The new RHNA cycle covers the years 2023-2031. The General Plan update period covers up to the year 2040 which spans two Housing Element cycles. At the very least, General Plan 2040 will need to ensure that enough land is zoned for housing for RHNA 2023-31.
The City will evaluate the current zoning of potential sites for housing but may need to consider zoning revisions to accommodate the RHNA. The General Plan Update process will establish the areas where new development should be encouraged through the Land Use Element. This process is underway and includes robust community engagement. Several study areas have been identified to evaluate where future residential development should be prioritized. If the next General Plan update does not also account for the following RHNA, 2031-2039, General Plan 2040 would need to be further updated to account for the next cycle. More information is available on the General Plan Update website (https://strivesanmateo.org/).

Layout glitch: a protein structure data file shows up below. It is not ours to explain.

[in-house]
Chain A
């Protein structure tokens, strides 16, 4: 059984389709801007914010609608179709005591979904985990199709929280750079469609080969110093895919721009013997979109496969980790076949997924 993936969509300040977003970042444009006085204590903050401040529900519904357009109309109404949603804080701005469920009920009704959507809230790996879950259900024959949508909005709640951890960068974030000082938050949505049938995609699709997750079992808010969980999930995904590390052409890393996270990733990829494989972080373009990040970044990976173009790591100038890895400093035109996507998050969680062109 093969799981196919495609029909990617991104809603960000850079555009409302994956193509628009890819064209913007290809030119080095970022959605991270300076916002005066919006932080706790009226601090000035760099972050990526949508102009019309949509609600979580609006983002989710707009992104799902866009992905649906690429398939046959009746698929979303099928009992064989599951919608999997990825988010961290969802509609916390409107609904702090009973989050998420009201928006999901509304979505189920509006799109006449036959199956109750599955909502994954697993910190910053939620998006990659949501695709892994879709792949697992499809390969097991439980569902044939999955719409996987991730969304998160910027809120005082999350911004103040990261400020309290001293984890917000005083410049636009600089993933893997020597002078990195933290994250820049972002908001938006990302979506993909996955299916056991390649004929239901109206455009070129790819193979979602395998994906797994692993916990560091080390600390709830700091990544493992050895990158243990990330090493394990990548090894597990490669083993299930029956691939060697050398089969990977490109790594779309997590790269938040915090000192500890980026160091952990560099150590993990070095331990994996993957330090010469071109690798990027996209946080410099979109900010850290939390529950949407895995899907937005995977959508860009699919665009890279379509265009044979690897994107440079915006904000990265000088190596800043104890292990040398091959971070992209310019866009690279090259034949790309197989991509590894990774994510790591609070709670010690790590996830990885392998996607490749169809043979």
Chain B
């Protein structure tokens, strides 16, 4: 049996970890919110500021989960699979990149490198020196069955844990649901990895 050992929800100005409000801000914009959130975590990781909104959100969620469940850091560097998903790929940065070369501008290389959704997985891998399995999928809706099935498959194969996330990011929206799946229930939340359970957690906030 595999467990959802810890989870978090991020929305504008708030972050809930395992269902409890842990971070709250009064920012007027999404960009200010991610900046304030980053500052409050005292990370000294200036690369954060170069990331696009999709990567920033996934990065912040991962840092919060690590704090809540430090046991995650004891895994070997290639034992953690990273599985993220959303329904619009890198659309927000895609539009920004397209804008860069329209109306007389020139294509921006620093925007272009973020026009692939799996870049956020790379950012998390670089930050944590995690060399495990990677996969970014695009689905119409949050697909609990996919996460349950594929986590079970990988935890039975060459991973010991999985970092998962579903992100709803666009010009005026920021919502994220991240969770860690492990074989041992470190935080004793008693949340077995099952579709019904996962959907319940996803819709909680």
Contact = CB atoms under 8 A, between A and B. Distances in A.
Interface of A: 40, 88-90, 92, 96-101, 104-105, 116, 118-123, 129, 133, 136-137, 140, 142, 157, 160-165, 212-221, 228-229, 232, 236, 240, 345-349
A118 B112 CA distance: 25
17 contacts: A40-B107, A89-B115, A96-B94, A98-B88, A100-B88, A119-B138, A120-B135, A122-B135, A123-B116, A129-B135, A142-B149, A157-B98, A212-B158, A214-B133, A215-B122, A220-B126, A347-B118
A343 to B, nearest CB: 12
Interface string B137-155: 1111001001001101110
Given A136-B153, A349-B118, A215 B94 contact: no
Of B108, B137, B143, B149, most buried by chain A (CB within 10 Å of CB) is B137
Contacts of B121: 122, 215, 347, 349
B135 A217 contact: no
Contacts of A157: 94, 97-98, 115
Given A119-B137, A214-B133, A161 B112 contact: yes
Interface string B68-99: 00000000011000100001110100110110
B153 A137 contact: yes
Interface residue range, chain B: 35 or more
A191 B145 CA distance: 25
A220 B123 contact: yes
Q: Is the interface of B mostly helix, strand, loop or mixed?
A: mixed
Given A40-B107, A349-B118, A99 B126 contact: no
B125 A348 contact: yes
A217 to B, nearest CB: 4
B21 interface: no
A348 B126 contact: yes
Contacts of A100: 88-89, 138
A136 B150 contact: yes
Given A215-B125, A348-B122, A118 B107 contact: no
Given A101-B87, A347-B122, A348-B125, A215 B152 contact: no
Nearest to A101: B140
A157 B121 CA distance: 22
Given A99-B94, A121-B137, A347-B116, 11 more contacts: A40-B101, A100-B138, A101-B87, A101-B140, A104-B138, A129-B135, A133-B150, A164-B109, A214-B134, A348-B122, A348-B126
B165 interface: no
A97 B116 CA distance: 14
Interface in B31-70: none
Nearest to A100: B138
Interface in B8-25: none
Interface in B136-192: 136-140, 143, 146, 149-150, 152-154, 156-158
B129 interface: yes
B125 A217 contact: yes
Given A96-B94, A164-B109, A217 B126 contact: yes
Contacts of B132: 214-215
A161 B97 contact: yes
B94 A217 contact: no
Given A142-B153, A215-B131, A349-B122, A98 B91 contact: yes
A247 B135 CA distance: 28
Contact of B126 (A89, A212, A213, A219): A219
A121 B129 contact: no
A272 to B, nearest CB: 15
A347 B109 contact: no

Measure Y was approved by voters in November 2020 and sets limits on new residential building heights and densities. The City needs to evaluate how much housing can built within the limits of Measure Y to determine whether the City is able to meet its RHNA under the current restrictions. This analysis is underway and requires looking at every parcel that can accommodate housing within city limits that meets the eligibility criteria under Housing Element law.
The City must ensure that the appropriate zoning is in place to accommodate RHNA but does not control when or how much housing is actually built. New housing construction is based on a variety of socio-economic factors such as demand, available financing, land and construction costs, etc. and is ultimately driven by private property owners.